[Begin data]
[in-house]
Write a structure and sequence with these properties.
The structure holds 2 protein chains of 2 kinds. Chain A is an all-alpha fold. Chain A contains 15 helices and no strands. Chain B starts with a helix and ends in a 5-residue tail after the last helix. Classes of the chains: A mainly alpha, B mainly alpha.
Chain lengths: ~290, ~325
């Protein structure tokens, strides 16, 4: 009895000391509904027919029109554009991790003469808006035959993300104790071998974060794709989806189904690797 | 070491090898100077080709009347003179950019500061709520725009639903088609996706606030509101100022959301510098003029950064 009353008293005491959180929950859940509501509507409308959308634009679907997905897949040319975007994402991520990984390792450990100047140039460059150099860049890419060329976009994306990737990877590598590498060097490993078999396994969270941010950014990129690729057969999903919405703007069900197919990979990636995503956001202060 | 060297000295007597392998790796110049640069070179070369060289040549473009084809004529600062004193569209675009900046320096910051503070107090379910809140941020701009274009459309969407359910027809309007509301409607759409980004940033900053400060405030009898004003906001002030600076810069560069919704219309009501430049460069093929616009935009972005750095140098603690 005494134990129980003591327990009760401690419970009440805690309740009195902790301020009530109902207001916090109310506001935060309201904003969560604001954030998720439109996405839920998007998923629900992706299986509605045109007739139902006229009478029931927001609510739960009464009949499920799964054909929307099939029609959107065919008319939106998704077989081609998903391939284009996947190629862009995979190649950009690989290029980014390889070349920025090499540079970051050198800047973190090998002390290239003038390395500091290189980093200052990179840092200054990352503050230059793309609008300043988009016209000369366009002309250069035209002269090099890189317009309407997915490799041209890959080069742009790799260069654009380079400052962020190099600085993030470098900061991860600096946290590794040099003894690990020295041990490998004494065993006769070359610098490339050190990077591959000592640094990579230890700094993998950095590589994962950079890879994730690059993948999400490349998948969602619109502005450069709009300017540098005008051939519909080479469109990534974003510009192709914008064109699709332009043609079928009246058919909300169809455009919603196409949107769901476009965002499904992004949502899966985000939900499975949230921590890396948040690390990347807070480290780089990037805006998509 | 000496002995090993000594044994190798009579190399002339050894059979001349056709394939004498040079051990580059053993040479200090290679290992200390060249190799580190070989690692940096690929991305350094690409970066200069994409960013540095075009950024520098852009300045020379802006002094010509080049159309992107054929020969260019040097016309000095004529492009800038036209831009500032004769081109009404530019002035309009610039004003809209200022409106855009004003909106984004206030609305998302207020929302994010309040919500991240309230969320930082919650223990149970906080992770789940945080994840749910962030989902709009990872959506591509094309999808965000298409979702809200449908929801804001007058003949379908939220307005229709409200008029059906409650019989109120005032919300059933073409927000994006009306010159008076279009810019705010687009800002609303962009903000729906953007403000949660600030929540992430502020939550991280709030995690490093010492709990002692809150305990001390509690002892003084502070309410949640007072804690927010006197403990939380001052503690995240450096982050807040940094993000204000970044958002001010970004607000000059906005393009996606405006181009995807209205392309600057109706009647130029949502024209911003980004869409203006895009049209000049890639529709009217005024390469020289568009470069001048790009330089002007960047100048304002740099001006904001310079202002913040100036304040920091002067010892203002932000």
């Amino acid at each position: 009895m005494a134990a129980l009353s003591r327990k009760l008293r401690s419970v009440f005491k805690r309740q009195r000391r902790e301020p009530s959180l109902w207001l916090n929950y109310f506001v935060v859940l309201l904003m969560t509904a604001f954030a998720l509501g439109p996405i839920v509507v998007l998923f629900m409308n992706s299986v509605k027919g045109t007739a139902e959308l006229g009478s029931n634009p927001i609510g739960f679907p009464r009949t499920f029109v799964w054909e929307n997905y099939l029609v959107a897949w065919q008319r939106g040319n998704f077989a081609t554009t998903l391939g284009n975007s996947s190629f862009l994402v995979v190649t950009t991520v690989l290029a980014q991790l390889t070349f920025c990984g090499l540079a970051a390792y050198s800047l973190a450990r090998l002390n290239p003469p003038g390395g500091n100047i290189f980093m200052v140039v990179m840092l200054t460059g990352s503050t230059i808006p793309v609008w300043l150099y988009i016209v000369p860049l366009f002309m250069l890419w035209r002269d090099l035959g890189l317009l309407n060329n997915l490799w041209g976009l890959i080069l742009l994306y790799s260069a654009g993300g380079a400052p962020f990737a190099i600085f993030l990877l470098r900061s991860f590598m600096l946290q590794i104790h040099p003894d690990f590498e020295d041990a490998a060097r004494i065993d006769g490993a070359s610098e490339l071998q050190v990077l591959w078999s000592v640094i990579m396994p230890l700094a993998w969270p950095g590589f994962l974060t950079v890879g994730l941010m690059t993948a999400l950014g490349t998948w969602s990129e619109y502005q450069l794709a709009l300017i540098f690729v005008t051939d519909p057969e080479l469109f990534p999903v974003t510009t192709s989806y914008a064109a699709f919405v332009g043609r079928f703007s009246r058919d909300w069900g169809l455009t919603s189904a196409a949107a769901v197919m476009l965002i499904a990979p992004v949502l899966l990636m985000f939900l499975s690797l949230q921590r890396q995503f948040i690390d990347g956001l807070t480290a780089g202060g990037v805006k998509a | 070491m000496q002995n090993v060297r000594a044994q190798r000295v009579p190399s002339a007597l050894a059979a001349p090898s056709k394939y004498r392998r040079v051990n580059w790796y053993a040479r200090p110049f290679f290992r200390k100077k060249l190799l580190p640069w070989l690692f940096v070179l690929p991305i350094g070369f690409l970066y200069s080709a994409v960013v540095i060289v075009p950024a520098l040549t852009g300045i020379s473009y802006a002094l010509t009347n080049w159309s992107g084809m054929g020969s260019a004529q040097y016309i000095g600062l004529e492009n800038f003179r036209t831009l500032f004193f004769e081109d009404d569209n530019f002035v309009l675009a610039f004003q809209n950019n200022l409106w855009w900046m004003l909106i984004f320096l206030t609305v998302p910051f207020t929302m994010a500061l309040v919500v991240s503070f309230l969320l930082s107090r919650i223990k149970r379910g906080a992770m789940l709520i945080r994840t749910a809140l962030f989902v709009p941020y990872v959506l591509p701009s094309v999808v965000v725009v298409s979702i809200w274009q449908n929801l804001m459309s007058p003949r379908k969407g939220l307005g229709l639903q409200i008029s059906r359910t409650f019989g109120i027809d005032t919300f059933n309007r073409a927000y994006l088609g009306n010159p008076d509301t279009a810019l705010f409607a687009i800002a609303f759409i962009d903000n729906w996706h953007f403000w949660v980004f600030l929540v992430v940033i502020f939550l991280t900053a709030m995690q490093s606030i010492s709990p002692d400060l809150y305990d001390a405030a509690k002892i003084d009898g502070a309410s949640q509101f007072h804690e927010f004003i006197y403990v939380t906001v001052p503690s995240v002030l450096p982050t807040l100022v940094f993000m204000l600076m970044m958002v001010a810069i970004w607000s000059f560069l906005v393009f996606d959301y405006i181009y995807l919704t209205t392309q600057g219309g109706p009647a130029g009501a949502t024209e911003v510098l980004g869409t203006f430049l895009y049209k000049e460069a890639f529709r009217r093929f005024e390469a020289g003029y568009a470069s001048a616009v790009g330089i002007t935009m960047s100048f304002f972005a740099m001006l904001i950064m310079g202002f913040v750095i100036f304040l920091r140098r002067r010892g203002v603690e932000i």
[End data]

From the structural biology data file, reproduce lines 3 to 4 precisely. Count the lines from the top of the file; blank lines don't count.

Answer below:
The structure holds 2 protein chains of 2 kinds. Chain A is an all-alpha fold. Chain A contains 15 helices and no strands. Chain B starts with a helix and ends in a 5-residue tail after the last helix. Classes of the chains: A mainly alpha, B mainly alpha.
Chain lengths: ~290, ~325